Published online by Cambridge University Press: 04 October 2019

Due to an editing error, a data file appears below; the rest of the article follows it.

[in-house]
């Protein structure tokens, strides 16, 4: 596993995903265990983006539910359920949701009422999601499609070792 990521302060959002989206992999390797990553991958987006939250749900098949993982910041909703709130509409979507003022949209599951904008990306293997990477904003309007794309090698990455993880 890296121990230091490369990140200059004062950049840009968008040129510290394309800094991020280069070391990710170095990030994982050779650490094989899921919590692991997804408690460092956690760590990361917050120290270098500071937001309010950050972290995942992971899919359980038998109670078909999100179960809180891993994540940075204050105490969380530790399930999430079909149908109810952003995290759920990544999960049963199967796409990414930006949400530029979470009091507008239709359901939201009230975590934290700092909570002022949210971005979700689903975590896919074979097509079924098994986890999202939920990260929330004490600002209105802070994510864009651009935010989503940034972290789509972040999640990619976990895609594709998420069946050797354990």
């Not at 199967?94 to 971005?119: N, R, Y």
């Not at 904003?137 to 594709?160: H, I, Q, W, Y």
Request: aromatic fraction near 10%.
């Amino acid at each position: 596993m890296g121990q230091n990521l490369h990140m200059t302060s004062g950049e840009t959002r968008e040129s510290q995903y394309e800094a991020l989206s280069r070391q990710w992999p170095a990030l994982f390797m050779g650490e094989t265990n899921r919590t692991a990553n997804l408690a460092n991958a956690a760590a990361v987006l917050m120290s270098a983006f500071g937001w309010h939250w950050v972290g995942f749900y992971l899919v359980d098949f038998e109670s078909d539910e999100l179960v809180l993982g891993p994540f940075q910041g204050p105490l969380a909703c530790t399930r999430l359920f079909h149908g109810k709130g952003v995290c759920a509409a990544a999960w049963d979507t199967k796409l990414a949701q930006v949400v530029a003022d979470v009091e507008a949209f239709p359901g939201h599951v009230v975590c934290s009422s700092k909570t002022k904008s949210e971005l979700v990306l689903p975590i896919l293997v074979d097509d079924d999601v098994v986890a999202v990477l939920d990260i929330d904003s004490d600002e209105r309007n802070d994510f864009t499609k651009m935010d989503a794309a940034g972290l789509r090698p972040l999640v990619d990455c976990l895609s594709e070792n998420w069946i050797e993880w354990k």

Religion was a central concern of the thinkers of the Scottish Enlightenment with David Humes sceptical engagement with religion earning him the reputation of being an infidel. Accordingly, this chapter falls into three parts. The first explores the state of the subject before Hume wrote, distinguishing between an orthodox tradition for which theology was the primary science that could dictate terms of reference to philosophy, and a new, largely imported (English and Dutch), tradition of rational religion that subjected the whole framework of religious belief to the same rational critique as other forms of knowledge and belief. With the context established, the second part of the chapter will concern Hume, represented especially by two essays in his Philosophical Essays (later called An Enquiry) concerning Human Understanding (1748), his Natural History of Religion (1757), and his Dialogues concerning Natural Religion (first published in 1779 but known to some in manuscript from the 1750s). His Treatise of Human Nature (1739-40) was the seminal work that first presented his sceptical philosophy and its supporting psychology, and it had implications for religious as for any other belief; these implications were suppressed prior to publication, but were not lost on contemporaries who expected an analysis of the human mind to culminate as a matter of course in an account of the foundations of religious belief. The final part of the chapter will summarise the Scottish and English response to Hume in the debate over a rational theology. In his appraisal of arguments for the existence and attributes of God, and arguments about the credibility of ancient revelation, Hume s philosophy almost inevitably brought him into conflict with ministers of the Kirk.